The Stoics did much better with the much shorter Enchiridion.

Pub Date: Oct. 23, 2018

ISBN: 978-0-525-42814-5

Page Count: 580

Publisher: Viking

Review Posted Online: July 31, 2018

Kirkus Reviews Issue: Aug. 15, 2018

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Rhimes said “yes” to sharing her insights. Following her may not land you on the cover of a magazine, but you’ll be glad you...

YEAR OF YES

HOW TO DANCE IT OUT, STAND IN THE SUN AND BE YOUR OWN PERSON

The queen of Thursday night TV delivers a sincere and inspiring account of saying yes to life.

Rhimes, the brain behind hits like Grey’s Anatomy and Scandal, is an introvert. She describes herself as a young girl, playing alone in the pantry, making up soap-opera script stories to act out with the canned goods. Speaking in public terrified her; going to events exhausted her. She was always busy, and she didn’t have enough time for her daughters. One Thanksgiving changed it all: when her sister observed that she never said “yes” to anything, Rhimes took it as a challenge. She started, among other things, accepting invitations, facing unpleasant conversations, and playing with her children whenever they asked. The result was a year of challenges and self-discovery that led to a fundamental shift in how she lives her life. Rhimes tells us all about it in the speedy, smart style of her much-loved TV shows. She’s warm, eminently relatable, and funny. We get an idea of what it’s like to be a successful TV writer and producer, to be the ruler of Shondaland, but the focus is squarely on the lessons one can learn from saying yes rather than shying away. Saying no was easy, Rhimes writes. It was comfortable, “a way to disappear.” But after her year, no matter how tempting it is, “I can no longer allow myself to say no. No is no longer in my vocabulary.” The book is a fast read—readers could finish it in the time it takes to watch a full lineup of her Thursday night programing—but it’s not insubstantial. Like a cashmere shawl you pack just in case, Year of Yes is well worth the purse space, and it would make an equally great gift.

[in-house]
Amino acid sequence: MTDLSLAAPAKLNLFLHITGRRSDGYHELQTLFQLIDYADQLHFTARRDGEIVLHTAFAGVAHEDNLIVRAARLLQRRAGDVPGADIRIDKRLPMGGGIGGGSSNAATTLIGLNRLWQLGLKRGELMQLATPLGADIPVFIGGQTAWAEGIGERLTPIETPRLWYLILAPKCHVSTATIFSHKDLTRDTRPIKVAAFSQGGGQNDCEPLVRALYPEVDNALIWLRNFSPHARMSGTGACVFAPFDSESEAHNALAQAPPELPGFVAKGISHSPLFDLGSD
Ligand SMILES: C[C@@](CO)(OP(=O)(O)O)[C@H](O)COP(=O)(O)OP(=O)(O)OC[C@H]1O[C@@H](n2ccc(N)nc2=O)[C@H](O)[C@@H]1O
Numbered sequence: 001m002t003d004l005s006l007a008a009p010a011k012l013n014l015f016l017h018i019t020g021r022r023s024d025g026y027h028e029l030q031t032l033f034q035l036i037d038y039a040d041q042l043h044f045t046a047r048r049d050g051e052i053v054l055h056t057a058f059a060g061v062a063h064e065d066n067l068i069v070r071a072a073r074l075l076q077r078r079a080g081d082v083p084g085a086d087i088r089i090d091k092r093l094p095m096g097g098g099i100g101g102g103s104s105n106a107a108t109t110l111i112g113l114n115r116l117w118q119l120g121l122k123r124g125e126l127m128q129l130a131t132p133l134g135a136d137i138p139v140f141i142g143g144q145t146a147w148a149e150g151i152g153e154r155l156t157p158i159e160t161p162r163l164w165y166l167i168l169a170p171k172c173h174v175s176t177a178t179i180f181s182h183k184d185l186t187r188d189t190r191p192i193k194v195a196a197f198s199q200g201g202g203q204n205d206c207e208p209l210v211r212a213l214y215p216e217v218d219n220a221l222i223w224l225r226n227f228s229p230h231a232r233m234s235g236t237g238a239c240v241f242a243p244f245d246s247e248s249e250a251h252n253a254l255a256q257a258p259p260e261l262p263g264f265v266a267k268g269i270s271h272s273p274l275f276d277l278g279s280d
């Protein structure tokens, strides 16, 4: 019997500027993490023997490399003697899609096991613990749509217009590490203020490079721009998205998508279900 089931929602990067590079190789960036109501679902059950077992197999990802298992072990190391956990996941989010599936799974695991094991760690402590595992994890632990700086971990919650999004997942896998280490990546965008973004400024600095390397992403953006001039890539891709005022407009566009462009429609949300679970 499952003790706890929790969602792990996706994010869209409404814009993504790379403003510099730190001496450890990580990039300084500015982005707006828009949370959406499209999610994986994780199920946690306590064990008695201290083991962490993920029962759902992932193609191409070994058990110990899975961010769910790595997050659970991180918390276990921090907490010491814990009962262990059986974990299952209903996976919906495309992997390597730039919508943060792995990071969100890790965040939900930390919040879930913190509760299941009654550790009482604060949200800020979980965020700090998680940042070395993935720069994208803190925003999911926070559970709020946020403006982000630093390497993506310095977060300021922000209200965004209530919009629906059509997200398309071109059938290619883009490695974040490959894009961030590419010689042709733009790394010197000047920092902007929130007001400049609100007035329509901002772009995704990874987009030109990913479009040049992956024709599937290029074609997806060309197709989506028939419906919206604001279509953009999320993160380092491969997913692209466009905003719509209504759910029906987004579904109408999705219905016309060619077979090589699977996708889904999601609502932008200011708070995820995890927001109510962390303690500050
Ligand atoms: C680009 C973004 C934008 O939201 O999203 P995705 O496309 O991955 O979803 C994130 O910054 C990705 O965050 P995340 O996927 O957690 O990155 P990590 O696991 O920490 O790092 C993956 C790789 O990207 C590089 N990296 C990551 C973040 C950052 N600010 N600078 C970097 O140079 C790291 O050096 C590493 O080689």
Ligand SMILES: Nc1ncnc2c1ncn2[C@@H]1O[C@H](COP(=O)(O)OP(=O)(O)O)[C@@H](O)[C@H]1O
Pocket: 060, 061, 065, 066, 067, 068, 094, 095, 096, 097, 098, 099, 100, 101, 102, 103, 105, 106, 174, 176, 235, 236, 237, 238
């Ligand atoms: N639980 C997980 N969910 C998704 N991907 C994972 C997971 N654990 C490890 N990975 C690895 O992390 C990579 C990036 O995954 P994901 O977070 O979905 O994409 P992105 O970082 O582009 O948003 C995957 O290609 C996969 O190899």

Rhimes said “yes” to sharing her insights. Following her may not land you on the cover of a magazine, but you’ll be glad you did. 

Pub Date: Nov. 11, 2015

ISBN: 978-1-4767-7709-2

Page Count: 288

Publisher: Simon & Schuster

Review Posted Online: Nov. 1, 2015